A City of Winnipeg committee has approved a developer's plan to build a 24-storey apartment complex over the decommissioned James Avenue pumping station.
The city's downtown development committee OK'd the project on Monday, after hearing from several people opposed to it.
Kaley Pacak, who lives nearby, was one of those who tried to convince the committee to turn the plan down. She supports development in the Waterfront area of the East Exchange District, just not something so tall.
"I'm not opposed to a new building, in fact I support any new venture in the area. But it's just the height. My building is right beside the new project and it would just kind of tower over our condo building," she said.
The developer was previously granted a variance to height restrictions in the area to allow the 24-storey complex — which is to include a parkade and a grocery store — at James Avenue and Waterfront Drive.
But some residents appealed the decision and were given the chance to air those concerns at city hall on Monday.
Winnipeg artist Wanda Koop, who lives in the area, said 24 storeys is too high and could hurt the culture of the area.
Another opponent likened the plan to dropping a skyscraper in the Colosseum in Rome.
But Sotirios Kotoulas, the architect on the project, said zoning for the area already allows eight-storey buildings.
"There are people who live next door that say their view will be blocked, therefore they don't want this tower. Well, I can go tomorrow and build an eight-storey building without a height variance and it will block everyone's view because the adjacent building is only four-storeys high," he said.
He said the decision was made to build 24 storeys after looking at dozens of previous attempts to save and restore the pumping station and the heritage equipment in it. The cost of preserving what was left in the building and developing the property was very high.
"All of the previous proposals failed, buckled, broke down because they were not cognizant of the economic dimension … they didn't calculate the economics into the proposal," Kotoulas said.
The turn-of-the-century pumping station, built in 1906, fed one of only two high-pressure firefighting systems in North America when it was in operation. It has been shut down since the mid-1980s.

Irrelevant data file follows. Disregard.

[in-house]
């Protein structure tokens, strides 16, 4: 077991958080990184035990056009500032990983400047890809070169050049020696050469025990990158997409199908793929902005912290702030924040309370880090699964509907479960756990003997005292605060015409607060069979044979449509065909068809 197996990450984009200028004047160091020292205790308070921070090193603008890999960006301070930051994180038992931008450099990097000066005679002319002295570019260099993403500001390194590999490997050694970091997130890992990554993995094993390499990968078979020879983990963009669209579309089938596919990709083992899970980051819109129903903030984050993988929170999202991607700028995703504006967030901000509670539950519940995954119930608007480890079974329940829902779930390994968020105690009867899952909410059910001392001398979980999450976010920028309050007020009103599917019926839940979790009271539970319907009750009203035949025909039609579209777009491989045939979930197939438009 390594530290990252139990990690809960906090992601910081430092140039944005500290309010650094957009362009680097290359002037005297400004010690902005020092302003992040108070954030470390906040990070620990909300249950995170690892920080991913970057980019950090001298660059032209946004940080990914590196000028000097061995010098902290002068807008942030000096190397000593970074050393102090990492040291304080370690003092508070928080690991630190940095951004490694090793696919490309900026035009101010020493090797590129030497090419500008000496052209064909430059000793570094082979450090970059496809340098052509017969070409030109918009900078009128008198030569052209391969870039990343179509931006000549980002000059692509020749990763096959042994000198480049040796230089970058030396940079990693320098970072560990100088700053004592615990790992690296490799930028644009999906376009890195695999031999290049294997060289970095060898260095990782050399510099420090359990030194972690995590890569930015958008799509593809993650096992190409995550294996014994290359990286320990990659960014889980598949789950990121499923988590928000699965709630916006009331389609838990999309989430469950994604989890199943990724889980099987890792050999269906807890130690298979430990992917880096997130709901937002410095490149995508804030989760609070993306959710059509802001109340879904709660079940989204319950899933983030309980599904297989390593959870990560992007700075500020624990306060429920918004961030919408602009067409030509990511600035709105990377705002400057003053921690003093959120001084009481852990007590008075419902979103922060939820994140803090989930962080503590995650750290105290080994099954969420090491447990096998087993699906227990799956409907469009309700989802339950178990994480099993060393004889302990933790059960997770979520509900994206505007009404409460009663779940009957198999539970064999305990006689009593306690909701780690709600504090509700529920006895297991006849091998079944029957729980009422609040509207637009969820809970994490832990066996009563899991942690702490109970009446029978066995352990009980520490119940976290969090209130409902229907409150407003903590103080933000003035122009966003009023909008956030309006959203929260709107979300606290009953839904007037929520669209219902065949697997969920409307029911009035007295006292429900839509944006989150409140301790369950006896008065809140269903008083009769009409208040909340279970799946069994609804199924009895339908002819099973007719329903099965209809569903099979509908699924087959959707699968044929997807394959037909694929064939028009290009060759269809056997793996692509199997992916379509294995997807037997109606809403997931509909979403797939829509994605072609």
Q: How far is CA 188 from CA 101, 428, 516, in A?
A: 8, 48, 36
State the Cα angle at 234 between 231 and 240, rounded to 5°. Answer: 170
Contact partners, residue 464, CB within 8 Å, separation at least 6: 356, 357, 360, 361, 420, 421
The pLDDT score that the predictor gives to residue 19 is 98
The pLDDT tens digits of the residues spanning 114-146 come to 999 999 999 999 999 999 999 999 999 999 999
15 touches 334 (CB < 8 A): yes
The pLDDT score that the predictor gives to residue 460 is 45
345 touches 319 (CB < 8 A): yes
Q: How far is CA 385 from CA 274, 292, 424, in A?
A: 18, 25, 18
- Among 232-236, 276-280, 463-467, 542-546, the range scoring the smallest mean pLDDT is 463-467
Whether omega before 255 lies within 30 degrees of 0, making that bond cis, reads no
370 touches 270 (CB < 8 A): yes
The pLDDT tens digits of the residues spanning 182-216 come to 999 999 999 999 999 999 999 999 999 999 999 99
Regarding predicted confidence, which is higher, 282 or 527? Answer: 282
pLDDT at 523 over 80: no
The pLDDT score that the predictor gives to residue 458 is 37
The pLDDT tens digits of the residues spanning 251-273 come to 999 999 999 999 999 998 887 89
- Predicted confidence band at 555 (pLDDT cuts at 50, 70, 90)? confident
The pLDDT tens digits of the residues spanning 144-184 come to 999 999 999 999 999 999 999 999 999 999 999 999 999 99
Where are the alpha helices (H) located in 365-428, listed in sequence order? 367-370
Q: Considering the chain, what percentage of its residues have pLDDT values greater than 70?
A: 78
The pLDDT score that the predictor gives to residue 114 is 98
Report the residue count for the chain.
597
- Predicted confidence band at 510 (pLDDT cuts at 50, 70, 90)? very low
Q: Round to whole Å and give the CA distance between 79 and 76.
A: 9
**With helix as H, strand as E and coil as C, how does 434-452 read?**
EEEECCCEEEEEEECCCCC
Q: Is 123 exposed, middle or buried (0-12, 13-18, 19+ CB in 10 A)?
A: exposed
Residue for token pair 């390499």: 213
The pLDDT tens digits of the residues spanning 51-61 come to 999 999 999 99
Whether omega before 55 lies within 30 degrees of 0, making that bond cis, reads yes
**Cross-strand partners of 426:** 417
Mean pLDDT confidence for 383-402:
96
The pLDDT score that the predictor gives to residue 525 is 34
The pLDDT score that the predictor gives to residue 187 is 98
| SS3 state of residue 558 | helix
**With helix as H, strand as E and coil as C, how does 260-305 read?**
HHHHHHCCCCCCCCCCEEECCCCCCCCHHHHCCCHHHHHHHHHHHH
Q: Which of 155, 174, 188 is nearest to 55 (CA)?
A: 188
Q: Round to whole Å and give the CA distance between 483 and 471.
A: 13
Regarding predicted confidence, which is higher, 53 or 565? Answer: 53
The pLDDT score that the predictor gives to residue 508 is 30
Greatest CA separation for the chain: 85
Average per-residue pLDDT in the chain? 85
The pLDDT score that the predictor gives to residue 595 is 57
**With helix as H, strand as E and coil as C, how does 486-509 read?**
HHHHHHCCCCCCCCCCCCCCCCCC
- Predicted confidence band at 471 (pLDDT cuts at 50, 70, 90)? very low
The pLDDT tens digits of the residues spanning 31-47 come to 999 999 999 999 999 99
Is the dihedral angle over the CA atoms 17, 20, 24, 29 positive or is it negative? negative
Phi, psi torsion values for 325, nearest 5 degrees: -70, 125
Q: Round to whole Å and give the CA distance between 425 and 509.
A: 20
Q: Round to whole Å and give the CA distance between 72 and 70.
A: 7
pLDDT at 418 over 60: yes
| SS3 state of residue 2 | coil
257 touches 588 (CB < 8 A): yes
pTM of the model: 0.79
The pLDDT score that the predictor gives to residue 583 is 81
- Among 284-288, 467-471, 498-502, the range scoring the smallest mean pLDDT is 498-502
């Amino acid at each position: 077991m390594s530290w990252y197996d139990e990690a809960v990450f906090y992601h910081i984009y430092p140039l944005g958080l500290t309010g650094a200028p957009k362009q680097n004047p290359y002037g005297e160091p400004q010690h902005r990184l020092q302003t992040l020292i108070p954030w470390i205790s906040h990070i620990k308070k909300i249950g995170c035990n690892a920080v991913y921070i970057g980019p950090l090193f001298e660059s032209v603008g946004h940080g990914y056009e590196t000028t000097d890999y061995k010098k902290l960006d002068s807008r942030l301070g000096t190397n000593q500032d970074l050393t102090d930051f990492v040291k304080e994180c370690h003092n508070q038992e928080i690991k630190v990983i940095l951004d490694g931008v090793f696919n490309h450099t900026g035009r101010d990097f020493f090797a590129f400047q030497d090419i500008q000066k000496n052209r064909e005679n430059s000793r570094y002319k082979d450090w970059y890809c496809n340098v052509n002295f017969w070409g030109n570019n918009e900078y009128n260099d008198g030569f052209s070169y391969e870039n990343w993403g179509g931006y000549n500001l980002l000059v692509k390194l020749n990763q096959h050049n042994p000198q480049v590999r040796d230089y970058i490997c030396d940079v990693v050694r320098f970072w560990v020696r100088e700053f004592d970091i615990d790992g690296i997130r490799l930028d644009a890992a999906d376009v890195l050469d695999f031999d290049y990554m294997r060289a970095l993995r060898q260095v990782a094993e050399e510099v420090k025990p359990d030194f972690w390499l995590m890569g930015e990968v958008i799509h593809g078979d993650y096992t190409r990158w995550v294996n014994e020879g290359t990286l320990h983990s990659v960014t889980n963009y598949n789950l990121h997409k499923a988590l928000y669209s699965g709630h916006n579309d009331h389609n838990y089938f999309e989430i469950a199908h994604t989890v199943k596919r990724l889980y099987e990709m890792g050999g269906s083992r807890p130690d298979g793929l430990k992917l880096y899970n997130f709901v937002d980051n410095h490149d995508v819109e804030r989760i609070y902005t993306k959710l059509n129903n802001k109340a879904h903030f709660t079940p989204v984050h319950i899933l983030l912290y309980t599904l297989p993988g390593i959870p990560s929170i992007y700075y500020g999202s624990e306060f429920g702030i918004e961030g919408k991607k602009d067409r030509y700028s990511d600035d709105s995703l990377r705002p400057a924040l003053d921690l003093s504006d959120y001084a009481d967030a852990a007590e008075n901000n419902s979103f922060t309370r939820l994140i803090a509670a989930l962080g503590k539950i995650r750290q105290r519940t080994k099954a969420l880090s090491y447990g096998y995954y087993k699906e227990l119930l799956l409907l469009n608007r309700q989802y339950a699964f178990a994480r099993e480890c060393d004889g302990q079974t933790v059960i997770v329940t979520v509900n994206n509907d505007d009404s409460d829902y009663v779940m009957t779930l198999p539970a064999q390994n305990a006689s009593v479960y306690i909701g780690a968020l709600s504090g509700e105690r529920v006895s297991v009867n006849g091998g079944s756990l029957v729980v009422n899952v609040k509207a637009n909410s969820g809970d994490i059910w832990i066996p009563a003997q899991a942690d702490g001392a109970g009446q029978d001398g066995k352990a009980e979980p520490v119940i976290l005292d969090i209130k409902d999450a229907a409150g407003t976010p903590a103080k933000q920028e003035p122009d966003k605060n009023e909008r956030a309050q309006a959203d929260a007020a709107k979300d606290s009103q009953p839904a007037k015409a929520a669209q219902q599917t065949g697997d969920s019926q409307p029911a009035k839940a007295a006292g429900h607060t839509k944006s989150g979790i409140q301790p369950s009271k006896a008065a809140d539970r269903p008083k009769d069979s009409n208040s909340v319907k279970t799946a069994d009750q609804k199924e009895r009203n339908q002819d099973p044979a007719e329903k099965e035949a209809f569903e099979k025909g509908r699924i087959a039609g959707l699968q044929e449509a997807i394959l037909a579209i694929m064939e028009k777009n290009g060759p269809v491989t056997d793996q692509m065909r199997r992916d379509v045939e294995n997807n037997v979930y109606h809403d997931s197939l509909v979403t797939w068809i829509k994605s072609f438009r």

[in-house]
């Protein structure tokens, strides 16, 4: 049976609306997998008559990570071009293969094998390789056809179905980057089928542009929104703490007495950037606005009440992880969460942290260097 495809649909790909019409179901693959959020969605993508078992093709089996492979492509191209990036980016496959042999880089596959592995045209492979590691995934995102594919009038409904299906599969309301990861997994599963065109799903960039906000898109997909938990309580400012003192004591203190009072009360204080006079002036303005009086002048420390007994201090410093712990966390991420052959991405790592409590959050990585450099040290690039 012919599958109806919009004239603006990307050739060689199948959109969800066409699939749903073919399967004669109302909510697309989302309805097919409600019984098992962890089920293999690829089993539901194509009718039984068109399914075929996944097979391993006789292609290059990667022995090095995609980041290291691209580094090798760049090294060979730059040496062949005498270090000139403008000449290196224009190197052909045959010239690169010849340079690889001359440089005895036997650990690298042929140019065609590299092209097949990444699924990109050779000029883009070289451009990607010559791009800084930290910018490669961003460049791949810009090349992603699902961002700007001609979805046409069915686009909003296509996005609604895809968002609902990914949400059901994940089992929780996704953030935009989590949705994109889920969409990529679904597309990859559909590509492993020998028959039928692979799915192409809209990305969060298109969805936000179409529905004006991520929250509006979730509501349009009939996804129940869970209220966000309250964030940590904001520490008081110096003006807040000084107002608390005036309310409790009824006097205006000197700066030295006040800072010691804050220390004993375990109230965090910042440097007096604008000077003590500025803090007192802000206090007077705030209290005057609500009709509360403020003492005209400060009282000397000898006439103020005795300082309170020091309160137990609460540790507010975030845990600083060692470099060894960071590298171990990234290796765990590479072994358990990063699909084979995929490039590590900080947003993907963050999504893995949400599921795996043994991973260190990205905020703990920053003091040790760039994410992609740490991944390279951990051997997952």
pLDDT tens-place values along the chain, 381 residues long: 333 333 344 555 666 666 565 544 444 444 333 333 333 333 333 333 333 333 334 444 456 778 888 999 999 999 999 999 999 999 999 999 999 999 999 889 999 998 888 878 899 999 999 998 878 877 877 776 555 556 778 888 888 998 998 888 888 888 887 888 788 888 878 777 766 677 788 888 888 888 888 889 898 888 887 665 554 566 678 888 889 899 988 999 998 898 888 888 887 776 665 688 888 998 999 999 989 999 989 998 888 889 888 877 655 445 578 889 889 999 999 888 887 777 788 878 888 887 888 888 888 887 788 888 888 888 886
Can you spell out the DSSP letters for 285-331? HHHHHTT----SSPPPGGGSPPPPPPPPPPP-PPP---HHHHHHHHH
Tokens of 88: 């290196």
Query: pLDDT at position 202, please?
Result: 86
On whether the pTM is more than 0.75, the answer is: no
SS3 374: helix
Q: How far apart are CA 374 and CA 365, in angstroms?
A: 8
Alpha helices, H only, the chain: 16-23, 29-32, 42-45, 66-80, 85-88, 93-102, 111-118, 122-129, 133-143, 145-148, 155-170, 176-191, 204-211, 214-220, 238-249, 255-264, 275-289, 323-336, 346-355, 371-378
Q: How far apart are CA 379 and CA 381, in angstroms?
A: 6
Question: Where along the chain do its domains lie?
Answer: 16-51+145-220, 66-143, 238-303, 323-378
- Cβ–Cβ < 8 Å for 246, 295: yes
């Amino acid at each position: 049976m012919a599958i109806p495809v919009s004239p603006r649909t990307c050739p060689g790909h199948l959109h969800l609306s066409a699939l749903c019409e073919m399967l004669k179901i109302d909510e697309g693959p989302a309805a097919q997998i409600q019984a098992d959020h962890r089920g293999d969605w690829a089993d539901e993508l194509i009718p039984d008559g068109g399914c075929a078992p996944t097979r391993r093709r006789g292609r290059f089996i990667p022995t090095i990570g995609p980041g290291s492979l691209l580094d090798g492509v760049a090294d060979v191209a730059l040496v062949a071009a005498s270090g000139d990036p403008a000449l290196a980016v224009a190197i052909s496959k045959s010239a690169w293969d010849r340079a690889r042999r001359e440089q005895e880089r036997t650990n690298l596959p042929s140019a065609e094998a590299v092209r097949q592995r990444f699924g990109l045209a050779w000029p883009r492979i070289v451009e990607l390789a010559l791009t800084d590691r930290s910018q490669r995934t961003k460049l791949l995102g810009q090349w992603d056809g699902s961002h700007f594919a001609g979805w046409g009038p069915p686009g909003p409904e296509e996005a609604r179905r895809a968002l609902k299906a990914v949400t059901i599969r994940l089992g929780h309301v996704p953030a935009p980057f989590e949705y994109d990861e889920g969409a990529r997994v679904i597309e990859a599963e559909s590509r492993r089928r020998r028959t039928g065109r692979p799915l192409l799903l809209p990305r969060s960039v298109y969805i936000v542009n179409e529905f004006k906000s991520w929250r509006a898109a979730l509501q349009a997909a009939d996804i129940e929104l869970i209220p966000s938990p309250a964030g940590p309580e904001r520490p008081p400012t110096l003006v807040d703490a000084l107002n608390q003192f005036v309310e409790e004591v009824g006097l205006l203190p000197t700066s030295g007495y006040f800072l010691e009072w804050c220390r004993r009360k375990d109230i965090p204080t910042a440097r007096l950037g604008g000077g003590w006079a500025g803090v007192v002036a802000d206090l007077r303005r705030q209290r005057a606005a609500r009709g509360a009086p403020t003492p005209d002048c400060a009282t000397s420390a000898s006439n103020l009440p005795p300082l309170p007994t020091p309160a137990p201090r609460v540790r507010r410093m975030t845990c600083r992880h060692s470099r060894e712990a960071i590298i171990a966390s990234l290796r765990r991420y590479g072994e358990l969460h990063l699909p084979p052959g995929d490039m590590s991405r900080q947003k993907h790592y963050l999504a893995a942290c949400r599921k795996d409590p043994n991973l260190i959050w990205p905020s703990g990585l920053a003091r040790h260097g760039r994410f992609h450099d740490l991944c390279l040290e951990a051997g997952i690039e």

It was declared a Heritage building in 1982.
It was sold by downtown development agency CentreVenture in 2001 but they bought it back for several times the amount in 2004. There have been numerous attempts to restore the building but none have gone past the planning stage.
Kotoulas, who has degrees in architecture from McGill and the prestigious Cooper Union School of Architecture in New York, has a plan that sees the pumping station preserved as a type of park.
"All the machines would remain in place and the space would be transformed into a 'machine garden.' A different park of course, not one with lawns and trees [but] one with concrete, pipes, valves and sluices," he said.
The 'park' would include a restaurant with the capacity for catering events in the space. The developers are also committed to building a grocery store in the project and a parkade — amenities virtually every resident in the area have called for repeatedly.
Kotoulas said the area could be used for neighbourhood meetings or leased out for events. He sees the pumping station becoming "a nucleus for the neighbourhood that actually has no square — the east Exchange has no public space."
Density is one of the keys to the future of Winnipeg's downtown and the 200-plus suites that the tower would bring to the Exchange would help toward that end, Kotoulas said.